News / Asia

    In Burma, Visiting Dignitaries Line Up to Ride Crest of Change

    Burma’s pro-democracy leader Aung San Suu Kyi after meeting with Japan's Foreign Minister Koichiro Gemba, one of many recent high-profile visitors, in Rangoon, Dec. 26, 2011.
    Burma’s pro-democracy leader Aung San Suu Kyi after meeting with Japan's Foreign Minister Koichiro Gemba, one of many recent high-profile visitors, in Rangoon, Dec. 26, 2011.
    Daniel Schearf

    Burma’s pro-democracy leader Aung San Suu Kyi met late Monday at her lakeside home with billionaire American philanthropist George Soros, the latest public figure to pay the Nobel Prize laureate a visit since her release a year ago from 15 years of on-and-off house arrest.

    Soros, whose foundation supports grantees that provide uncensored news on Burma and activists who call public attention to abuse of power, arrives in the wake of a stream of visits, predominantly by senior foreign dignitaries.

    Political Science Professor Carl Thayer of the Australian Defense Force Academy says influential business and political leaders are lining up to ride the crest of change in Burma and to reinforce reform efforts.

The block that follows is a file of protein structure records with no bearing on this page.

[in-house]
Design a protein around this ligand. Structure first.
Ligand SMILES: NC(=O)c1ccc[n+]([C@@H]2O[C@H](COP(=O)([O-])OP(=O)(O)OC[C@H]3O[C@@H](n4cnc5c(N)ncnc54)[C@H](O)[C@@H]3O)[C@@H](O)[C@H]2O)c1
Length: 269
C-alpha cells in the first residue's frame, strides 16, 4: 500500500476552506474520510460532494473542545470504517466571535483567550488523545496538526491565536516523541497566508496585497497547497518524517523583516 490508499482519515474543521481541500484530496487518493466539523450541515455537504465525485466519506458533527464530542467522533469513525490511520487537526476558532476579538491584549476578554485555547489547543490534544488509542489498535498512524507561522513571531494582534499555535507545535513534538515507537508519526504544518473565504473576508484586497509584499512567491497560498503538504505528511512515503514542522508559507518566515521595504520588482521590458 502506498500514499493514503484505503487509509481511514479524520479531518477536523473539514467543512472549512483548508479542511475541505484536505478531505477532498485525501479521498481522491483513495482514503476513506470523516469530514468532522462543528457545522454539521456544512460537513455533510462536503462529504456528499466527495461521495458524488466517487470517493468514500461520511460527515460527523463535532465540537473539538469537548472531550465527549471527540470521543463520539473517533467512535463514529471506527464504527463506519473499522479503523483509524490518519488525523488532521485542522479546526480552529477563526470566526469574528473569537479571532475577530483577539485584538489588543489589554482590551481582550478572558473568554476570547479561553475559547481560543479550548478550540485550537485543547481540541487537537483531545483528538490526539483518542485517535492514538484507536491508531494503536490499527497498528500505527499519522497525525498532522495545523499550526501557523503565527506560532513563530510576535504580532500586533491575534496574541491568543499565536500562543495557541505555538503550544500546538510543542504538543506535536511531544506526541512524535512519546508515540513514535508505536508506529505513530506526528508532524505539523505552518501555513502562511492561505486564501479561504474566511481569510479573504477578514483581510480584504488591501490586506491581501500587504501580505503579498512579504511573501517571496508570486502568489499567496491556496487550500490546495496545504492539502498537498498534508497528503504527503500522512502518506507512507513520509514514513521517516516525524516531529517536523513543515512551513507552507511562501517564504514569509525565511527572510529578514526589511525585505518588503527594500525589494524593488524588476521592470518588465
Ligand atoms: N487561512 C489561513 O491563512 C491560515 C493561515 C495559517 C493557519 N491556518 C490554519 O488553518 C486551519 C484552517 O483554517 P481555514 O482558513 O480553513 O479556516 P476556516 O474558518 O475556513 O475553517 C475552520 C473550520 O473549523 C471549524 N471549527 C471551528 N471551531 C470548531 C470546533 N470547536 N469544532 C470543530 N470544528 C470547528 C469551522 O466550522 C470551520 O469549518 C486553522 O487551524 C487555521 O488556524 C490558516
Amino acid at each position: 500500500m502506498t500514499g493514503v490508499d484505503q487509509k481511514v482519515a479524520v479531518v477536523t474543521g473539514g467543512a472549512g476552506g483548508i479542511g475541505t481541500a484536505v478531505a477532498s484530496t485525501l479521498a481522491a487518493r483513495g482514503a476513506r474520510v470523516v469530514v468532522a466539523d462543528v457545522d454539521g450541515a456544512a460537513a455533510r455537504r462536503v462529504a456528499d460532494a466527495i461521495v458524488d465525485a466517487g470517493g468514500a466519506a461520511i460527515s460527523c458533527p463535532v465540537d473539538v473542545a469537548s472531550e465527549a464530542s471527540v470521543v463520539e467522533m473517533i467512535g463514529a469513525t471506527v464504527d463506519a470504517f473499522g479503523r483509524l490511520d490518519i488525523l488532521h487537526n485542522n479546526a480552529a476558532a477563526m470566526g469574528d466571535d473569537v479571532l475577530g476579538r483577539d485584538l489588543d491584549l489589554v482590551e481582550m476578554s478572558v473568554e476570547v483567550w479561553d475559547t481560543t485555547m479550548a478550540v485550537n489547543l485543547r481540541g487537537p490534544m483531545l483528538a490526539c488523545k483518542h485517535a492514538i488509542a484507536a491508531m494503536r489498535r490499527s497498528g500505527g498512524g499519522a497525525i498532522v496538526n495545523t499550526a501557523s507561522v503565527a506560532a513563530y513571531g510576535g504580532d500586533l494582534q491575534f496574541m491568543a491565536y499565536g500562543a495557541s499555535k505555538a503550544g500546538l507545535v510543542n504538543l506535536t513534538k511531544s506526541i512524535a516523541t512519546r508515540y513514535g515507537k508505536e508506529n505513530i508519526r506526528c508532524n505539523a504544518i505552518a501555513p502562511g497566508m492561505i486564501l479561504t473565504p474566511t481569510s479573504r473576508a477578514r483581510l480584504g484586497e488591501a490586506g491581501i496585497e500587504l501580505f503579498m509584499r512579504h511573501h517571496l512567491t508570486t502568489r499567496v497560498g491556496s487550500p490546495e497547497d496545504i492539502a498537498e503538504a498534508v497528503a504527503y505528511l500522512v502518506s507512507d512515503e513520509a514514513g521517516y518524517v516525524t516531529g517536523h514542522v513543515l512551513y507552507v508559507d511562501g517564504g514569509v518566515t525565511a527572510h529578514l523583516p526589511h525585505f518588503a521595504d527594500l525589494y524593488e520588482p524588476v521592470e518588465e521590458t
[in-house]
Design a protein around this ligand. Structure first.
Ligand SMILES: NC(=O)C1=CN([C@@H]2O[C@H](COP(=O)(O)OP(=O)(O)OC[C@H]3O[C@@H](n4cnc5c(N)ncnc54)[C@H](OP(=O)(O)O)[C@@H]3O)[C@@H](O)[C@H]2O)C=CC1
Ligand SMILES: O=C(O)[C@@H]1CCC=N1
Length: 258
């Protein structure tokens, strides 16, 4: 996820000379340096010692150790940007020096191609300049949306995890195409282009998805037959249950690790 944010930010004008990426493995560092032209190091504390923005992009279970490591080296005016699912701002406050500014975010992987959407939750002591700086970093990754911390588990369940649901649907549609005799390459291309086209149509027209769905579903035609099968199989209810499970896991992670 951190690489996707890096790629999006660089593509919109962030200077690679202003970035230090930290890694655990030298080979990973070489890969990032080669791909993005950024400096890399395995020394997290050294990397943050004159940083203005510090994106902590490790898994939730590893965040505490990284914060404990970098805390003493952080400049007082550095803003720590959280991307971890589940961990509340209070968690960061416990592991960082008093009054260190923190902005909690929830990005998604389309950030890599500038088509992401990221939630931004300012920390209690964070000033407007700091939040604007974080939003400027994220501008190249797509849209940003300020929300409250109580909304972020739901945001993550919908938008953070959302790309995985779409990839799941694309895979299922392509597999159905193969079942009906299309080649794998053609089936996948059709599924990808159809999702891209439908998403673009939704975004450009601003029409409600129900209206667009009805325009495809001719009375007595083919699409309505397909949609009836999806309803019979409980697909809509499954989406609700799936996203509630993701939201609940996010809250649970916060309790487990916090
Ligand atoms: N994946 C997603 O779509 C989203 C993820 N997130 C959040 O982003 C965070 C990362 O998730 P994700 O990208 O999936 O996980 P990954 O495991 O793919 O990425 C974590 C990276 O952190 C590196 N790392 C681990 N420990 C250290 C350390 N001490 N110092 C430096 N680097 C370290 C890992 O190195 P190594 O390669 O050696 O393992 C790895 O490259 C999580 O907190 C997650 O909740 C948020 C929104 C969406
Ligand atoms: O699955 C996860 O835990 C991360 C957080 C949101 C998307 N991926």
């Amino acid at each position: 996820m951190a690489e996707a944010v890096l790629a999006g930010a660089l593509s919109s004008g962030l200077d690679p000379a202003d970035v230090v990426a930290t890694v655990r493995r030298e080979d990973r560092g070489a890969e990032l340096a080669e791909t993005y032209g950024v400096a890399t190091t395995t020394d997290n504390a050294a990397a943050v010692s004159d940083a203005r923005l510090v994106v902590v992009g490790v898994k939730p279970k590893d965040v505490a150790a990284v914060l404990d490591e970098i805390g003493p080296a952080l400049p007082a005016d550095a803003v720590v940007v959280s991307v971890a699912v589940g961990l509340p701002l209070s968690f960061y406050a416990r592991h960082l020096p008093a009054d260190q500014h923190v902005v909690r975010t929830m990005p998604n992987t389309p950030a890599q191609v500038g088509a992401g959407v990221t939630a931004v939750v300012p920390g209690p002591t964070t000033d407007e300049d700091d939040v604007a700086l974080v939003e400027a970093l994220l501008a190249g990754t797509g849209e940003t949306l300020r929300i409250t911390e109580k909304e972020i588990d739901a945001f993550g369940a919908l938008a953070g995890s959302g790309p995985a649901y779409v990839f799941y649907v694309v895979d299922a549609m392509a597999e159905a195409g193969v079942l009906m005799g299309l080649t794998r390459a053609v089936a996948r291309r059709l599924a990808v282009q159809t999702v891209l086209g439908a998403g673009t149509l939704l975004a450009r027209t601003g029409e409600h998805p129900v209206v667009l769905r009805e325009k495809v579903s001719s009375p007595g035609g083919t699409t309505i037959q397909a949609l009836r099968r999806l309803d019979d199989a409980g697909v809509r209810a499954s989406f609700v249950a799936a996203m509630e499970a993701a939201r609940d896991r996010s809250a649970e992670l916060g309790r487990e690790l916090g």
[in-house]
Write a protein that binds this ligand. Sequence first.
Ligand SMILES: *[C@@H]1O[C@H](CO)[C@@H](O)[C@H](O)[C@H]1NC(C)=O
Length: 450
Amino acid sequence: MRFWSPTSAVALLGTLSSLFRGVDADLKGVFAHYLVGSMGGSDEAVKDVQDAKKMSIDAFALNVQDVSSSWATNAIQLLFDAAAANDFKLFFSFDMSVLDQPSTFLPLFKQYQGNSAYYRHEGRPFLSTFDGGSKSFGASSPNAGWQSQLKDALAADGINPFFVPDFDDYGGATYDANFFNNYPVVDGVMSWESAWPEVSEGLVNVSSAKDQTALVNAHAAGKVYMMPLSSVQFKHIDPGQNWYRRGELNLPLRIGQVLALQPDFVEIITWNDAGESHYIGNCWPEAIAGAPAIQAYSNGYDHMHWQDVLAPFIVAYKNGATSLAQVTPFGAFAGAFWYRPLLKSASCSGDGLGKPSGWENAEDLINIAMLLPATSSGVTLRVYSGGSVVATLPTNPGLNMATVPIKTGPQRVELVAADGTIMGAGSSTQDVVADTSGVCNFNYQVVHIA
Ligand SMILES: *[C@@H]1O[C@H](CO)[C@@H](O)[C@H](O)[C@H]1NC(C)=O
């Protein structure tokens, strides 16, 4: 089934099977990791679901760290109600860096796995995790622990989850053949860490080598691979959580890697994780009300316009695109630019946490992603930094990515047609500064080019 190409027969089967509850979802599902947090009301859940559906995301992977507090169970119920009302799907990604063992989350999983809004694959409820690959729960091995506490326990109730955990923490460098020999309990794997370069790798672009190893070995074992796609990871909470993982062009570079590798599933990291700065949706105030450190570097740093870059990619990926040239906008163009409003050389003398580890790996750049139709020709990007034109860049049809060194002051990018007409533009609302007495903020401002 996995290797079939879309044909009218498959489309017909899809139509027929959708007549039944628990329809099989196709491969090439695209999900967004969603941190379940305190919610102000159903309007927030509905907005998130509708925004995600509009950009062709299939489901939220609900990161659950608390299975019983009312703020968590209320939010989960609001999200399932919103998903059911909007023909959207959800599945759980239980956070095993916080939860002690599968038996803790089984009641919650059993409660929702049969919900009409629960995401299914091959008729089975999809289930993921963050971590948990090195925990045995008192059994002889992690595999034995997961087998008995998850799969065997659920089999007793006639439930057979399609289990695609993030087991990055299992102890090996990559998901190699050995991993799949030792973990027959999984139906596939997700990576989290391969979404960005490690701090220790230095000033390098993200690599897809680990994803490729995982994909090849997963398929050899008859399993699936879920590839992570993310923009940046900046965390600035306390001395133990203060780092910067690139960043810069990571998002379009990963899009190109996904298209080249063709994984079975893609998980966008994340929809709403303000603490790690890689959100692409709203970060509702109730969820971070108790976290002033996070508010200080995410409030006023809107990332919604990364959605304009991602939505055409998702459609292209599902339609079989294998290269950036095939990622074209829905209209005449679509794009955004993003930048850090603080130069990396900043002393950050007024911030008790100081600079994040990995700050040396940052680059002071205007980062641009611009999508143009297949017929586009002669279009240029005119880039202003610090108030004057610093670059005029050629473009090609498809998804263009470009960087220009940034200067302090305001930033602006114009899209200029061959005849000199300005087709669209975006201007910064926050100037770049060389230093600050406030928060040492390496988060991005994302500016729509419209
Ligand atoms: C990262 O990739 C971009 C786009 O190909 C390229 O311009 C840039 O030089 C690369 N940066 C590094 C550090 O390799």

"As intelligent as she is, she has been relatively isolated," he says. "And she needs, I think, the advice of people like Soros and others, the financing and foundations, and people on the ground to provide and reinforce her efforts."

    In the past month, Aung San Suu Kyi met with the U.S. Secretary of State Hillary Clinton, Thailand’s Prime Minister Yingluck Shinawatra, and foreign ministers from Indonesia and Japan. Later this week, British Foreign Secretary William Hague is expected to visit.

    Hague’s visit will coincide with a general amnesty for prisoners announced Monday by Burma’s state media.

    In what is typically a regular gesture to mark Burma’s Independence Day, selected prisoners will have their sentences reduced beginning Tuesday. It is not clear how many in jail will be affected by the amnesty or how many political prisoners will be included.